It’s LOVE of money that’s the root of all evil. The money itself is fine.

Dear Students,

I address those of you from 2nd year, a week after graduation.
Those of you in 1st year are welcome to listen if you can stand it.

I wish to speak about the careers you’re itching to hurtle yourselves into.
I mean to take some of the piss out of your vinegar.

Although 99% of you won’t be able to learn a thing from the telling of my experience, it’s possible half a line may find lodging in a brain or two.
Greater than I have taken up poorer odds.

Forget about the

Yes, that’s the message. (most of you can tune out here)
Sure there’s

in advertising.
And I know that after committing a bundle of moolah to a VCU AdCenter education you’d like nothing more than a fat envelope of green to appear under your pillow tomorrow morning.

Forget about the

Pretend it doesn’t exist.
Go about starting your career as if there isn’t a paycheck every other week.
Make your new job choices without asking about salary.

Don’t worry.
That you have what it takes to get through AdCenter may not yet assure you it’s time to pack for the trip to NY to be inducted into the Art Directors’ Hall of Fame, but surely it cannot be difficult to believe you have come into possession of the mere competency required to pay back your loans.

Forget the

Always remember this: forget the

Go get a job in advertising because somewhere along the line the tango of words & images dancing together called you.
Get into this business because great advertising can lift up the weak and destroy evil.

It’s hard work making ads.
I don’t know what drives people who do it because there’s

in it.
I do it because nothing else feels as much like fun when you’ve done your work well.

Don’t go into advertising if you haven’t been called.
Don’t go into advertising if your goal is to have martinis at the Mondrian with Joe Pytka.
There isn’t enough power in wanting that to make it happen.
At least not in the way you’d want it to happen.

You know without me making much of it you’ll make enough

for the things you need.
But, not as much if you chase it as there is when you chase ideas.

Forget the

Pay no attention to it.
Go after what your inside wants–the work.
Love the making.
Screw the mammon.
You can’t eat it.
You can live on work. You’ll see.

“Screw Fenske. He’s an idealist.”
I can hear you think it.
You’re right.
I’m out of bounds idealistic here.
You have to be.
Don’t do this if you aren’t.

p.s. i’ve read the only money in Lincoln’s pocket when he was assassinated was a worthless $5 confederate bill (issued in Richmond) like the one above

“The road of excess leads to the palace of wisdom.” – William Blake

Dear Students,

Both my experience as myself and my observation of others as themselves has taught me Blake’s line is true.

Excess of headlines, excess of thought, excess of sleep, bbq, lecturing, hope, anger, shuffleboard, excuses, work …. excess of anything leads the normal human’s mind to distaste.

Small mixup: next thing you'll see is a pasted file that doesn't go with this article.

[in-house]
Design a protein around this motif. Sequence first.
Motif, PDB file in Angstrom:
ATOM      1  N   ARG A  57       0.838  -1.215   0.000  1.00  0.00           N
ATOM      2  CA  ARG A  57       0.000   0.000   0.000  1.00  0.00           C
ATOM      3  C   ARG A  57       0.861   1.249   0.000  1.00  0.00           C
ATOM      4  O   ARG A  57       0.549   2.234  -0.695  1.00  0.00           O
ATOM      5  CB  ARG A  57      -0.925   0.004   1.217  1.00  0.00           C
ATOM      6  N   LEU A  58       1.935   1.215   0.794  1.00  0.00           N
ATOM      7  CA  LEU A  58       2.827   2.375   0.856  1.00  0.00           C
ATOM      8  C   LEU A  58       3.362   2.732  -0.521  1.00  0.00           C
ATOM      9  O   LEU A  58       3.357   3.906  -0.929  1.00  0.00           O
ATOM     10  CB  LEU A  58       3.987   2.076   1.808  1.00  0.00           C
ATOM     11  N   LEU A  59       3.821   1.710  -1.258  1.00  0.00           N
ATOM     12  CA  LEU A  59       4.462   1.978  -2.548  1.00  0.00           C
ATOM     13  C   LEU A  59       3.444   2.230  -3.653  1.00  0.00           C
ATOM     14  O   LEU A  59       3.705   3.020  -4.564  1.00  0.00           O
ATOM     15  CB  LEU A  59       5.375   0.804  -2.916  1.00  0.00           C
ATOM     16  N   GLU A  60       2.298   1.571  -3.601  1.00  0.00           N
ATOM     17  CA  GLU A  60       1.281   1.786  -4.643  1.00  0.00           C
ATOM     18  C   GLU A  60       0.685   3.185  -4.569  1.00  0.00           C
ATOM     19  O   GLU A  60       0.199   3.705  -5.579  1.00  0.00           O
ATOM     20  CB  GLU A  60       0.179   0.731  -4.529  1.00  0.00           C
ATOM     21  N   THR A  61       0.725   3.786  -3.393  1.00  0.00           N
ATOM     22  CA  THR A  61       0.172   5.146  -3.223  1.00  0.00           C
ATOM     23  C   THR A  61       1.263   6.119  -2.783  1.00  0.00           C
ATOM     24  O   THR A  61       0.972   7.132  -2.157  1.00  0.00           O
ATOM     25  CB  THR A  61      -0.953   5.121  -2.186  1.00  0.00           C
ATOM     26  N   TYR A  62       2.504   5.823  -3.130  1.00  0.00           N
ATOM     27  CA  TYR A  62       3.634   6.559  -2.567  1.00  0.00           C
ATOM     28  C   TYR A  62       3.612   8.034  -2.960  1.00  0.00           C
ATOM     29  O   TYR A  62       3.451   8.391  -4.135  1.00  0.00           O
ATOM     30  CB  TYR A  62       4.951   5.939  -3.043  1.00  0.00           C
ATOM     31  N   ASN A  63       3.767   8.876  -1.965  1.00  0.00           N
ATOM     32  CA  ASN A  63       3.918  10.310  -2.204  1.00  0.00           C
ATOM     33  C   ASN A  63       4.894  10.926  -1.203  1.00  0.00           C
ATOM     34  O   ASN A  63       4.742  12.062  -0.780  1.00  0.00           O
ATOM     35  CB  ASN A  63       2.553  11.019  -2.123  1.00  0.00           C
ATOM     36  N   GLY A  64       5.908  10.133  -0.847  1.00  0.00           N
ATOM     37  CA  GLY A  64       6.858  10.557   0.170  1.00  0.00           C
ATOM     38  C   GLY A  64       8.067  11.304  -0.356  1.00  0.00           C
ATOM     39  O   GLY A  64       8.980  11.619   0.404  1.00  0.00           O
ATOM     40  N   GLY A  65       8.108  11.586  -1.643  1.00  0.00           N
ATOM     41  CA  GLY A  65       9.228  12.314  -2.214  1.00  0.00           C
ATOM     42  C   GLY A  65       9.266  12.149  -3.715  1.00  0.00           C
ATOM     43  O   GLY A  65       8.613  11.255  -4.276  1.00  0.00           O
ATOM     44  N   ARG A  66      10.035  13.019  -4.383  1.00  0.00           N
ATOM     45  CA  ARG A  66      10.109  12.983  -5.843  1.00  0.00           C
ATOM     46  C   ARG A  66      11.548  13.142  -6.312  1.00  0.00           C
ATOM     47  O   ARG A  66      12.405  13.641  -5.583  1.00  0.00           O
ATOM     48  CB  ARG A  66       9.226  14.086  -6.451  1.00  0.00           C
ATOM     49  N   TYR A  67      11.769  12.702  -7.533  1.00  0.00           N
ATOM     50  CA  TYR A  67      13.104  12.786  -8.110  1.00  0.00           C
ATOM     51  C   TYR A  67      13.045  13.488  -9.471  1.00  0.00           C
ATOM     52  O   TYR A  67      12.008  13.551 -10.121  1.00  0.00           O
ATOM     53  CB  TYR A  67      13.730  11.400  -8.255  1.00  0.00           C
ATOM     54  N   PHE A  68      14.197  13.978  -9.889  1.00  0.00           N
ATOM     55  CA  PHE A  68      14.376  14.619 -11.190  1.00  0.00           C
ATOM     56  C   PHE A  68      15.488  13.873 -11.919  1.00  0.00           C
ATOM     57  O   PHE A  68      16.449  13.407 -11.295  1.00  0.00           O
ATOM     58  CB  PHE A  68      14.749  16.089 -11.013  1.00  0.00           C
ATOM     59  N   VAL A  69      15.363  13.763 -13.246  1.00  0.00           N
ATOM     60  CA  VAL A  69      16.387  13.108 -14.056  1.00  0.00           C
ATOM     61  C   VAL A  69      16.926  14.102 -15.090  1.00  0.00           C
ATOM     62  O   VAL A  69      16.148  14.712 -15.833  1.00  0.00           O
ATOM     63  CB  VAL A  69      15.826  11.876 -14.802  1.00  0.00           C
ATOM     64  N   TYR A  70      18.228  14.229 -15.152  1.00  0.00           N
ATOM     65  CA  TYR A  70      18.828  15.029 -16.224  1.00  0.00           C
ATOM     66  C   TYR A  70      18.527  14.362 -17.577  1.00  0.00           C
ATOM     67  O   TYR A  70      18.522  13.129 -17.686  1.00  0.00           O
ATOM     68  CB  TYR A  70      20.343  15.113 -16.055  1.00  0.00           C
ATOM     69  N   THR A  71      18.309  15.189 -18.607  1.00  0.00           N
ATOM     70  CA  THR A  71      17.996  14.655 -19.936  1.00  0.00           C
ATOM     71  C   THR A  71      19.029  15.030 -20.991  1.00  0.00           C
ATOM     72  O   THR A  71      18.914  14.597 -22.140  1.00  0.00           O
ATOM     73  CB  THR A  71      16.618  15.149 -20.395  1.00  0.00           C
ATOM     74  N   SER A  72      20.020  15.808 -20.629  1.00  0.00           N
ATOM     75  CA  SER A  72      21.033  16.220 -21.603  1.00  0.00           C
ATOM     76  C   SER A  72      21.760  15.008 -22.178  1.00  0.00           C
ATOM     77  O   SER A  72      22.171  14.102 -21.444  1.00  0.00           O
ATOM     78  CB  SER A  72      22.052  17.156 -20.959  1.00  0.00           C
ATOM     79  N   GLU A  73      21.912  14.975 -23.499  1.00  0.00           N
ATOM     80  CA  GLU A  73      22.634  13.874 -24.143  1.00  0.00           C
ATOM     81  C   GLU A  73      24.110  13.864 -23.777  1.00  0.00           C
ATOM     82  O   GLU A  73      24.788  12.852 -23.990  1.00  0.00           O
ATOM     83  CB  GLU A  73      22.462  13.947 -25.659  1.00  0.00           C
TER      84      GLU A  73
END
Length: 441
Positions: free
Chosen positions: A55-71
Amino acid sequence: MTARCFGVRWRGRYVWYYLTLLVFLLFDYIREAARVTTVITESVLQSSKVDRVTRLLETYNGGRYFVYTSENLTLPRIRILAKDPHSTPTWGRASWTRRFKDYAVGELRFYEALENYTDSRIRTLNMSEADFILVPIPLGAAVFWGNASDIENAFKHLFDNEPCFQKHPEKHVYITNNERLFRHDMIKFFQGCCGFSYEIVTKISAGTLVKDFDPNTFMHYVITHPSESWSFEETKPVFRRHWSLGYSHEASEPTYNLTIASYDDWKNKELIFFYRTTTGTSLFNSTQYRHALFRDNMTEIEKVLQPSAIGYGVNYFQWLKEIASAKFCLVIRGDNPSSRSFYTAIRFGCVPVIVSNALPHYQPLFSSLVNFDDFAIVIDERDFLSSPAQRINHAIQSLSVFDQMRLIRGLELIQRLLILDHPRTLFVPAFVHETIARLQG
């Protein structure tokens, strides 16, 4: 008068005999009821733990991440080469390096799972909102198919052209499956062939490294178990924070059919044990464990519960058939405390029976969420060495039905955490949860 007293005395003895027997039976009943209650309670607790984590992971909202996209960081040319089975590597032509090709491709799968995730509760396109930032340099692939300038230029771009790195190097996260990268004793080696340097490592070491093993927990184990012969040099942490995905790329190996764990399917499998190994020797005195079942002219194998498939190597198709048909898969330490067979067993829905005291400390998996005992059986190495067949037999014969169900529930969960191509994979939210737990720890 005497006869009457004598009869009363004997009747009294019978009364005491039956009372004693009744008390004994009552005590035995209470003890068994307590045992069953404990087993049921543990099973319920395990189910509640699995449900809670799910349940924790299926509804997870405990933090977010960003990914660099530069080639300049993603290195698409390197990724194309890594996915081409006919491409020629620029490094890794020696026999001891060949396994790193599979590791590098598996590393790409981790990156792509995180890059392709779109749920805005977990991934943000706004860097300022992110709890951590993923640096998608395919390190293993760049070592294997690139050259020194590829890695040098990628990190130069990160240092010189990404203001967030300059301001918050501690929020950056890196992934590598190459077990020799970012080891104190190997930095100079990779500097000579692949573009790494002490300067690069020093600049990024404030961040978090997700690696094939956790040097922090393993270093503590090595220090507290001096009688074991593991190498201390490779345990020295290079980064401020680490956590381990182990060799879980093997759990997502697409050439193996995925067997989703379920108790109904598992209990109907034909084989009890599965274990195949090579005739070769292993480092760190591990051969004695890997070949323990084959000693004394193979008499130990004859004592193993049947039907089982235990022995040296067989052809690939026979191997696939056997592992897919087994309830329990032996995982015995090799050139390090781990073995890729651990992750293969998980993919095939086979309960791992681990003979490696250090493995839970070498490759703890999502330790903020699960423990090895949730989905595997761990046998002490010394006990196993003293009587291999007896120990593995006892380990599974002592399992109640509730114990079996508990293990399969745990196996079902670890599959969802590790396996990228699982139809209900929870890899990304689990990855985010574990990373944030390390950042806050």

Distaste leads to embarassment at finding oneself engaged in an act for which one has acquired distaste.

Embarassment leads to change. And change in a hurry. In the direction opposite from distaste.

——eg; overdrinking. you wake up in the morning after a night of excess and bang, distaste. you hate what you’ve done, and then, bang again, embarrassment sets in, and you vow in that minute to never drink again.————

Knowledge is good. But it is merely a first step.
Wisdom is when we take knowledge and apply it to life.
What Blake points to here, in my sense of it, is that what moves the human being to the wise act is the embarrassment at having walked the road of excess.

I bring this up why?
As students what you are at school for is change.
I know you think it’s to learn something but that’s wrong.
Or, not exactly right.
If you were there to become a brain surgeon, then, yes, you’d be there to learn.
The causes of brain injury. The steps involved in reparative surgery, etc.
But you’re there to advance in your abilities as practitioners of an art form.
Or, at least, a form of communication that happens inside and for which there exists no definitive number of steps from beginning to end that when followed turns you out as “a copywriter”.

You are there to change from someone who can’t into someone who can.
Sometimes from someone who can a little into someone who has added understanding.
Sometimes from someone who always could but didn’t into someone who feels confident enough to once in a while do.
Sometimes all that happens is a student discovers themself to be (or not be) what they always thought they were.
It’s change you’re after.

You have a week of school left.
Probably half of your book is done.
You’ve got almost enough done to skate through portfolio review, but not more.
You feel the need for the other half of your book to be better than the half you’ve got.
At the same time you feel you’re done with school.
What you have is a conundrum.
I know the feeling.
(warning: it never goes away)
Here’s what to do:
You’ve got nothing left to learn.
You’ve got plenty left you can change.

I have a suggestion.
Whatever you can think that’s too personal.
Whatever you can think that risks embarrassment.
Whatever you can think that points at a truth you feel that you’re afraid other people don’t feel but you suspect they maybe feel but don’t talk about.
Do it.
Let the embarrassment roll over you.
It is the one sure motivator I know of.